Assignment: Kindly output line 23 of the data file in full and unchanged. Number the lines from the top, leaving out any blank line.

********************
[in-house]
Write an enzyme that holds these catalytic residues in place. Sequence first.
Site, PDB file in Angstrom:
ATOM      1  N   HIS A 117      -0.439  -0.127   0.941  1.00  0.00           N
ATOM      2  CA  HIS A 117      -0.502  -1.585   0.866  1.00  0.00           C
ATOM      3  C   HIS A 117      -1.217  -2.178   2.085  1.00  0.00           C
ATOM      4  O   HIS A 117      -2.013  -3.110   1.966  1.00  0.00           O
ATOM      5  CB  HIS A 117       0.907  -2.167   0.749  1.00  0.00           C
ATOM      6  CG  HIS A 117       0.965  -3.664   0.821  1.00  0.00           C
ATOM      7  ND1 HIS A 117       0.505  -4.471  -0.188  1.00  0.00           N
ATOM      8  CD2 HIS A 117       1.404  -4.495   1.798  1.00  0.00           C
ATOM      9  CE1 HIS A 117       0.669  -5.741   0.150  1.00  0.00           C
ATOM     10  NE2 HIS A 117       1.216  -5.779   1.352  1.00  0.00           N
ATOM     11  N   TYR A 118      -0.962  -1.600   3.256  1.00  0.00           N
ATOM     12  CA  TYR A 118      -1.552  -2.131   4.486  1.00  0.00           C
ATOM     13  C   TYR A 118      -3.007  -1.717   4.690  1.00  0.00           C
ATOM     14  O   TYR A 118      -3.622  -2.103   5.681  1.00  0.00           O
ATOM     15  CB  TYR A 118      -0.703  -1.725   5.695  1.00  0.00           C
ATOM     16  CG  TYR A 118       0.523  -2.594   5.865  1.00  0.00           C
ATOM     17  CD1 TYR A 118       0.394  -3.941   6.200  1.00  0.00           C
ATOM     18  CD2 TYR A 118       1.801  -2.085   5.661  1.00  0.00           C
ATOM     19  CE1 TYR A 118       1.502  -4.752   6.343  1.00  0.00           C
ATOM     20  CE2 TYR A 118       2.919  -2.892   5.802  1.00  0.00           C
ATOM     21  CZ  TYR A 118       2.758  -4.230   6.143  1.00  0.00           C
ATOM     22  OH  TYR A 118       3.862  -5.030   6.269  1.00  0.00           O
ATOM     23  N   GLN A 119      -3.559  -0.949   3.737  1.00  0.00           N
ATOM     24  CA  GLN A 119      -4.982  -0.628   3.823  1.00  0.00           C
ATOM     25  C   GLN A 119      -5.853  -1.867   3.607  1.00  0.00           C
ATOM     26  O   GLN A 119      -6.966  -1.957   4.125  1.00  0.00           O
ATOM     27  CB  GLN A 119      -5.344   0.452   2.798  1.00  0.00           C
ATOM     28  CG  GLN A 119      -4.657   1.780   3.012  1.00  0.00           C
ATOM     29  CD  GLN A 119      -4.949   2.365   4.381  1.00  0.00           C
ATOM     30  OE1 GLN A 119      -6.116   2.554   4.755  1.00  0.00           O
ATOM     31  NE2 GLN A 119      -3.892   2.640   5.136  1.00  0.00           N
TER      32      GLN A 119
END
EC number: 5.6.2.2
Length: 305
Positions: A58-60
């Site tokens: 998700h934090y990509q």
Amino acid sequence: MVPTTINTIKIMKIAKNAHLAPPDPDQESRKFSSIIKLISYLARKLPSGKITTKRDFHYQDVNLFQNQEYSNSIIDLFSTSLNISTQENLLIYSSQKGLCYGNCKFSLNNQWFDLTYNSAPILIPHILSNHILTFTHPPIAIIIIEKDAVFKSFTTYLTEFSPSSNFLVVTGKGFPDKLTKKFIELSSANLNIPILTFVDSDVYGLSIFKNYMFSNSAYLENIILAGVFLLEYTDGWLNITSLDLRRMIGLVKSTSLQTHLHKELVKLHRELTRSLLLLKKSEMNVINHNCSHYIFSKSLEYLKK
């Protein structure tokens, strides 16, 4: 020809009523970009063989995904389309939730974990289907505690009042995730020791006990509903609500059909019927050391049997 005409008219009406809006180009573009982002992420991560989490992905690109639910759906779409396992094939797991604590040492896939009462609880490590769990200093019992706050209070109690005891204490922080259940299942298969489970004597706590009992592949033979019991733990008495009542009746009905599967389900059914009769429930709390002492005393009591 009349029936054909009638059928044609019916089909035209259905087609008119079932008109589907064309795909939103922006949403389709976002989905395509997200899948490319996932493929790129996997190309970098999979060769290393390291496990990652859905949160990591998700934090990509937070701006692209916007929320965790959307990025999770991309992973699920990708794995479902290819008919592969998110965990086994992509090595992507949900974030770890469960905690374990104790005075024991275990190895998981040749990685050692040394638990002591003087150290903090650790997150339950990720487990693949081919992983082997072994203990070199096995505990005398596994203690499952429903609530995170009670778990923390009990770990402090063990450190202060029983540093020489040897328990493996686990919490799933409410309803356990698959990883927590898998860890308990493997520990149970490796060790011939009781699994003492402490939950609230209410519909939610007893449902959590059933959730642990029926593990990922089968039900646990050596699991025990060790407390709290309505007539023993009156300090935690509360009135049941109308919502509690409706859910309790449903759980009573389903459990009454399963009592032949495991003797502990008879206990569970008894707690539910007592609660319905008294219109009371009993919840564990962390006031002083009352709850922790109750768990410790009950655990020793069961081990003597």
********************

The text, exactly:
ATOM     20  CE2 TYR A 118       2.919  -2.892   5.802  1.00  0.00           C